|Nutrition Facts (per serving)|
|Amount per serving|
|% Daily Value*|
|Total Fat 10g||12%|
|Saturated Fat 3g||14%|
|Total Carbohydrate 1g||0%|
|Dietary Fiber 0g||1%|
|Total Sugars 0g|
|Vitamin C 0mg||2%|
|*The % Daily Value (DV) tells you how much a nutrient in a food serving contributes to a daily diet. 2,000 calories a day is used for general nutrition advice.|
This recipe comes from an expat Bavarian who missed the air-dried ham he could find in his homeland. Also known as Coppa, an Italian label, this kind of meat is called "Rohschinken" in German, or literally "raw ham." Since the steps include smoking as well as a salt cure in this recipe, it is not really raw.
He also uses a nice, inexpensive pork loin roast of 4 to 5 pounds, the kind you find vacuum-packed in groceries from time to time, instead of a leg or hind quarter. It is simpler to find and already deboned, which can make it easier to handle. A fresh ham would work with this recipe as well.
Equipment: Refrigerator, smoker, fruit wood chips or beech wood chips, cotton bag, cool place to hang meat
5 1/4 teaspoons (30 grams) sea salt
1/2 teaspoon brown sugar
1 teaspoon coarsely ground black pepper
2 teaspoons juniper berries, coarsely ground
1/4 teaspoon coarsely ground nutmeg
1/4 teaspoon coarsely ground cinnamon
2 cloves, coarsely ground
1 bay leaf, crumbled
1 tablespoon fennel seed, coarsely ground
1 to 2 teaspoons coriander, coarsely ground
1 to 2 teaspoons caraway seeds, coarsely ground
1 teaspoon dried marjoram
1 dried chile pepper, crumbled
Garlic, pressed, to taste, optional
4 to 5 pounds pork loin, or ham
1 glass red wine
1 glass vodka, or rum, optional
2 tablespoons olive oil
Mix all ingredients together to form a rub, and rub it all over the meat you are using. Place the meat in a plastic bag.
Add a small glass of red wine and a smaller glass of vodka or rum (optional) to the bag. Close the bag and place in the refrigerator.
Turn daily for up to 50 days.
Wash off the meat and let it air dry at cool room temperature (about 65 F). It should be slightly dry on the edges.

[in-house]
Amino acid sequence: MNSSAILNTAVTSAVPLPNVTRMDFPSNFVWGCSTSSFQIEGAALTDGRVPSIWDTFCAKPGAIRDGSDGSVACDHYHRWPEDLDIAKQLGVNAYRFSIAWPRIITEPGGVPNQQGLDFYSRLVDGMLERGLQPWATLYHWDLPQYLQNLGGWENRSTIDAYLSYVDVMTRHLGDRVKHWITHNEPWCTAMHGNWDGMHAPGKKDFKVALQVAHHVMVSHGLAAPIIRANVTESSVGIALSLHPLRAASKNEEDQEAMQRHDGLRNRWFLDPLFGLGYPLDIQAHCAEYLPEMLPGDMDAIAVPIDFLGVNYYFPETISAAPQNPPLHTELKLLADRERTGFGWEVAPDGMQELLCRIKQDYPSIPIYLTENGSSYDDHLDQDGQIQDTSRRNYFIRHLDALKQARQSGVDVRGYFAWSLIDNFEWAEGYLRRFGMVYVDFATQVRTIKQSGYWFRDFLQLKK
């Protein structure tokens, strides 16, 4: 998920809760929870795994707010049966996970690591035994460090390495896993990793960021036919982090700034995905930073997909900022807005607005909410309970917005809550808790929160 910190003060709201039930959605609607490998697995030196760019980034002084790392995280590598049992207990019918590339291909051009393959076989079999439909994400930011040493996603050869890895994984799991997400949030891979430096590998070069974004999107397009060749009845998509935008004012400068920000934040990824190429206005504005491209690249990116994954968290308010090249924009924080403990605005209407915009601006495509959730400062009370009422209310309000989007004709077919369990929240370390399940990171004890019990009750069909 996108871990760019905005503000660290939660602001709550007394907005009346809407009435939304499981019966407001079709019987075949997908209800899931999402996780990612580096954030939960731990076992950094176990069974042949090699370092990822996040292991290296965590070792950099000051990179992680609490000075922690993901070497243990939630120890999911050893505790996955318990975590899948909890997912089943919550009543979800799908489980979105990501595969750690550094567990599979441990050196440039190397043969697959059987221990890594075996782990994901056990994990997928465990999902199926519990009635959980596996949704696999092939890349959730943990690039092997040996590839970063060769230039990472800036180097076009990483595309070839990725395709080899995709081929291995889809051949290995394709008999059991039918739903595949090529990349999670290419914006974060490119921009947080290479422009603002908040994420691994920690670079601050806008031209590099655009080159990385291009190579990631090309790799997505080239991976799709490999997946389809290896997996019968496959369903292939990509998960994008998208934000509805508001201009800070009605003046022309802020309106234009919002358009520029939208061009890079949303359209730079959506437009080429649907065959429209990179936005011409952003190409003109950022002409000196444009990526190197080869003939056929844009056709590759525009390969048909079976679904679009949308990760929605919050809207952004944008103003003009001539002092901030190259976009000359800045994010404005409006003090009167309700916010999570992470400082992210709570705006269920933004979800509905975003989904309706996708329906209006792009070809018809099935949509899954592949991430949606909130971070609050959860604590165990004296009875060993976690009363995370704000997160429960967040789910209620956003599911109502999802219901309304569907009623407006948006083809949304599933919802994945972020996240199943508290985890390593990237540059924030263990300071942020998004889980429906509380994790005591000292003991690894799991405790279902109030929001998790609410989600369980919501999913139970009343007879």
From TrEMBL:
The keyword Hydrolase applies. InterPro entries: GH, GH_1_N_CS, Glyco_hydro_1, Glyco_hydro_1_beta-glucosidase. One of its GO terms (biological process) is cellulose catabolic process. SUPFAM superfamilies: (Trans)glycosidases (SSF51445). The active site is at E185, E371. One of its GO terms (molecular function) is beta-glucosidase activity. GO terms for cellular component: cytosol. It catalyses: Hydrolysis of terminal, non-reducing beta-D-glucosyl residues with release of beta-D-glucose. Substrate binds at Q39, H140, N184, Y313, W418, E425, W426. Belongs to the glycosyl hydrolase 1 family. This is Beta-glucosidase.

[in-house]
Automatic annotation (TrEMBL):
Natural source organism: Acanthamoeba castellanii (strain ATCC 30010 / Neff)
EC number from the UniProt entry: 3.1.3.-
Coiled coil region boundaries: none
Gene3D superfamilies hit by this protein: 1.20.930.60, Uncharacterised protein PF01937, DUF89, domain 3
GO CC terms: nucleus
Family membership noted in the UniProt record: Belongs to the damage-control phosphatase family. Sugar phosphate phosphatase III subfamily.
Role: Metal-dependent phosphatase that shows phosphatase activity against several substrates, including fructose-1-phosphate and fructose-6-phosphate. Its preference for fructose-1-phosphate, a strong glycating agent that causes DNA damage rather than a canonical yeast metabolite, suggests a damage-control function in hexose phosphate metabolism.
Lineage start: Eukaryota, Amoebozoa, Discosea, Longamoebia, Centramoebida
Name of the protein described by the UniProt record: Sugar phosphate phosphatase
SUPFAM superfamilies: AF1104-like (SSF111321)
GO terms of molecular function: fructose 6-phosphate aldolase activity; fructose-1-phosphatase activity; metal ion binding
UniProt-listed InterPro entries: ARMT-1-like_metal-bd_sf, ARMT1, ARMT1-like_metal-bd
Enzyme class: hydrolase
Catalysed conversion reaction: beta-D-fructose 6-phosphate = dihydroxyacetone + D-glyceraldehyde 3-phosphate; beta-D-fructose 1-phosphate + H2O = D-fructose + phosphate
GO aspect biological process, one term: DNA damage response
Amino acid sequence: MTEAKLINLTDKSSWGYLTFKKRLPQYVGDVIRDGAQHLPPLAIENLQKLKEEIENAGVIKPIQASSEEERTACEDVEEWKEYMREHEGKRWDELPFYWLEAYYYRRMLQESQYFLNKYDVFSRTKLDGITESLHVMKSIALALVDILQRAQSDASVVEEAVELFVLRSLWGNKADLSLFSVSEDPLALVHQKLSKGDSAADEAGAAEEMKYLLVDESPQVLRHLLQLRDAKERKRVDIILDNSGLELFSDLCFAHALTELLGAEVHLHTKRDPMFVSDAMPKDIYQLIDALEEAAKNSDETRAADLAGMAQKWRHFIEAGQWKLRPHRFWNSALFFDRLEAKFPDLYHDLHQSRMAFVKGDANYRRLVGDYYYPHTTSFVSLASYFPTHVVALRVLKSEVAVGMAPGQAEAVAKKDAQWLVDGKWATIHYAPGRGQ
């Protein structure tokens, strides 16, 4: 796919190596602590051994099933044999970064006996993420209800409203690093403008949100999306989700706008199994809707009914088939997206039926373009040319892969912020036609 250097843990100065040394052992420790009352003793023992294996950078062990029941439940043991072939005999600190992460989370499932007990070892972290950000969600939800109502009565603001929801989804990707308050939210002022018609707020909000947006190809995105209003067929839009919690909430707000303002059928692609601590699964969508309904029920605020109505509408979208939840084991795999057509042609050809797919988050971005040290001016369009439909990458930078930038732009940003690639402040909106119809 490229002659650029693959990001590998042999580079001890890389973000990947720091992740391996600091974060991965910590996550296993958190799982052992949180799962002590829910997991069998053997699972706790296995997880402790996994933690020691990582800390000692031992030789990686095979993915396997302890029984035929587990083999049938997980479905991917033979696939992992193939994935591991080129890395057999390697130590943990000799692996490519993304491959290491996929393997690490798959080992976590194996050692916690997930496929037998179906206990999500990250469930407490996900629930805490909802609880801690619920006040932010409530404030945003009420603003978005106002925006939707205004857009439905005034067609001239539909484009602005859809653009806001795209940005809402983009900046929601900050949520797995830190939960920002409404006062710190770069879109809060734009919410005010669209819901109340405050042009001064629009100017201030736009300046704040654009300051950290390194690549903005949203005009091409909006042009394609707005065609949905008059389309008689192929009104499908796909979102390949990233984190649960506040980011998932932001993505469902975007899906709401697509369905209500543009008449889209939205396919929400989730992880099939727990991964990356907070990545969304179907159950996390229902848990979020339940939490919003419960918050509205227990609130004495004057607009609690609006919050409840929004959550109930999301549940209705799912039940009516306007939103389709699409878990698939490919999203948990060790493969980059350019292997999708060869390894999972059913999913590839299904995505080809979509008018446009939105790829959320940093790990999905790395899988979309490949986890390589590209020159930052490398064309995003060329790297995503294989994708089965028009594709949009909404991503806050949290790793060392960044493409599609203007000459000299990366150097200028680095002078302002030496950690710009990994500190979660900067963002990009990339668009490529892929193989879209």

If there is no fat on the meat, rub or brush it with olive oil.
Smoke it every day for four days for several hours. Let it rest at cool room temperature in between. Rub it with oil in between as well.
Tie it into a tighter, rounded shape with kitchen cord. Wrap it in a cloth bag and hang it in a cellar or cool garage. The sack is to keep the insects at bay.
Take it down from time to time and roll it around to test the consistency of the meat. Depending on humidity and temperature, the meat will be ready in several weeks (summer) to several months (winter).
Curing Meat Warning
Curing meat requires specific expertise and failure to cure meat properly may result in sickness or death. If you have no experience in this area, we advise you to consult an expert to teach you proper techniques and applications.
Great Resources on Curing Meat
Since curing meat requires such a specific skill set, otherwise, it can lead to illness or worse, we highly recommend consulting with an expert to teach you proper techniques. We found that the following four publications are super helpful guides and go in-depth about just such processes, procedures, and techniques:
- Charcuterie: The Art of Salting, Smoking, and Curing by Michael Ruhlman and Brian Polcyn
- Home Production of Quality Meats and Sausages by Stanley Marianski
- The River Cottage Smoking & Curing Handbook by Steven Lamb
- USDA’s Processing Procedures: Dried Meats
- This meat will keep at room temperature for a while, but most people keep it in the refrigerator or slice it thin and freeze it.
- This recipe calls for regular sea salt, which contains very little sodium nitrite, the salt which can prevent microorganisms such as Clostridium botulinum. Some commercial hams are made with regular salt but most are made with curing salt or pink salt. Feel free to use pink salt in this recipe instead of sea salt, it is safer from a food safety standpoint.